The coal company has purchased a plot of ground near Smithton for a cemetery for the dead miners. Another explosion of white damp or marsh gas is expected in the "Swamp," and thus rescue work is progressing slowly. No more bodies are yet recovered. Portions of bodies are seen here and there by searching parties. The latest estimate of the number of dead places the minimum at 150, with the possibility that the aggregate will reach 200.

A canvass of the neighborhood reveals the names of 129 missing. This canvass is not complete and this number will not be accepted as the total of workmen in the mine when the disaster occurred.

Gas filtering through the walls from the abandoned working of the old Port Royal mine is believed by many to have been the cause of the explosion. Some hold that dust caused the trouble, but a majority cling to the gas theory. The old Port Royal mine is close to the "swamp;" in the Darr mine, where the explosion is believed to have occurred. Until a thorough investigation is made, the mine officials will be unable to say just what caused the explosion. This cannot be done for several days.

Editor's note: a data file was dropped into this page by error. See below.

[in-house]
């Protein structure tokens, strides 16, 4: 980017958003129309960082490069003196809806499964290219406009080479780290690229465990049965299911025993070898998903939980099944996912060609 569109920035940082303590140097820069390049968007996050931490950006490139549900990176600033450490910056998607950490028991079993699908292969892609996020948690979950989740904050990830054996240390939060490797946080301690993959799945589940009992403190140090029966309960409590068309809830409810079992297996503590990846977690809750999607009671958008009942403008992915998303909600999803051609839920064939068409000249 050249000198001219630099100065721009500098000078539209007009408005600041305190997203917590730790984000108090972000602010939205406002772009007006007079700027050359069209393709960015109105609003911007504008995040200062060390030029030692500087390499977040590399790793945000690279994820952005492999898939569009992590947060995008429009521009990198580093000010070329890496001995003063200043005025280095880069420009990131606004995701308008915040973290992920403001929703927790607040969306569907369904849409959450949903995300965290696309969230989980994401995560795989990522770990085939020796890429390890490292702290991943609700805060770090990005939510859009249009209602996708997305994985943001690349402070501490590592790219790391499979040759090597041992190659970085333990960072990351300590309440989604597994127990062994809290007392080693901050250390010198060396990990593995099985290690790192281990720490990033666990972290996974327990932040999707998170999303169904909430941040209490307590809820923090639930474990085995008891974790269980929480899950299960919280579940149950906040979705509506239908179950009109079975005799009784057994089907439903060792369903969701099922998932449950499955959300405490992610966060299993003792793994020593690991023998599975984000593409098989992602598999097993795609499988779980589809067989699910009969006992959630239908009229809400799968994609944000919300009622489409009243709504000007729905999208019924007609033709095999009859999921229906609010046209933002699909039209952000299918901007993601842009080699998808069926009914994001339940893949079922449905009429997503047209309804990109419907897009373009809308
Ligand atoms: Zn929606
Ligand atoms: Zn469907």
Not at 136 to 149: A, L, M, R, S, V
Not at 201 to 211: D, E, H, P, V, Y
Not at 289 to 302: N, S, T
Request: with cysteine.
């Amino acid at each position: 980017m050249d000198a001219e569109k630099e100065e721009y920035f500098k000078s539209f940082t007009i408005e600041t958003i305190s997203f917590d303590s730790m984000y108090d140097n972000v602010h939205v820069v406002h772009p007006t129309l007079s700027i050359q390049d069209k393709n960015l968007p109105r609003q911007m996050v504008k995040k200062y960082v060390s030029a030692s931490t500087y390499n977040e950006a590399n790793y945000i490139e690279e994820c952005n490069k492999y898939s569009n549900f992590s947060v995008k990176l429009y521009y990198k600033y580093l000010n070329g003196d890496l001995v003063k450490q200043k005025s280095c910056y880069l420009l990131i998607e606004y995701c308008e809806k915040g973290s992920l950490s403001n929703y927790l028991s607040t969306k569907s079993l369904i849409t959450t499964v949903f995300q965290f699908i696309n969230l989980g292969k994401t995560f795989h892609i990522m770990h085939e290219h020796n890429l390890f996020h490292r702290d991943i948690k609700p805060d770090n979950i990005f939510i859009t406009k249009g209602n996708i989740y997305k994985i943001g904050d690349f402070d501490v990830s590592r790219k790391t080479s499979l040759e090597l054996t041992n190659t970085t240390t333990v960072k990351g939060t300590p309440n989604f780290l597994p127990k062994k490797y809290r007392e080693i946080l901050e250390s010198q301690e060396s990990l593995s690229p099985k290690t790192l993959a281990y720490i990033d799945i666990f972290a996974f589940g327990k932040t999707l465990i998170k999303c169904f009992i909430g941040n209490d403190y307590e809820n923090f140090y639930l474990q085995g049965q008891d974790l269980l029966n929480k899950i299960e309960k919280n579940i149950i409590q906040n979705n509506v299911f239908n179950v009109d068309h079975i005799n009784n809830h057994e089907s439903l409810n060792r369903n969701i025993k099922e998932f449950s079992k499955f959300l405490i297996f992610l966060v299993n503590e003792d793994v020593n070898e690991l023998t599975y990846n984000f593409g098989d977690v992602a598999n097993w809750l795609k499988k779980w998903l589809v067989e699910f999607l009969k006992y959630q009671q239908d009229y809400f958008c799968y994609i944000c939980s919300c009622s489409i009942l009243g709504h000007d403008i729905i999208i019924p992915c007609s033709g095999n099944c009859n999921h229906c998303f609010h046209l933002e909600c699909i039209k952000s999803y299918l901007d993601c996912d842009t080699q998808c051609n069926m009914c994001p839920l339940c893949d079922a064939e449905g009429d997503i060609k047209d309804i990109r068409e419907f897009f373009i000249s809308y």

(from  the "Daily Reporter," Saturday Evening, December 21, 1907, Washington, PA.)

Jacobs Creek, Pennsylvania
Darr Mine Explosion
December 19, 1907
Another Mine Fatality

Death to at least 200 miners and the accompanying suffering and bereavement to their families came Thursday between 11:15 and 11:30, with all that sadness and fatality characteristic of subterranean eruptions when a combination of gas and coal dust caused a terrible explosion in the Darr mines of the Pittsburg Coal Company, located at Jacobs Creek. Thirteen bodies have been recovered. Thirty more were located by rescuers, but have not yet been taken out.

There was but one explosion and it was accompanied by flaming detonation. While the surface indications do not show that it came with great force, residents of both sides of the river say that their houses shook and the earth fairly rumbled as the gas and dust made a fruitless effort to belch itself fourth through any entrance , all of which were to confined for its purposes.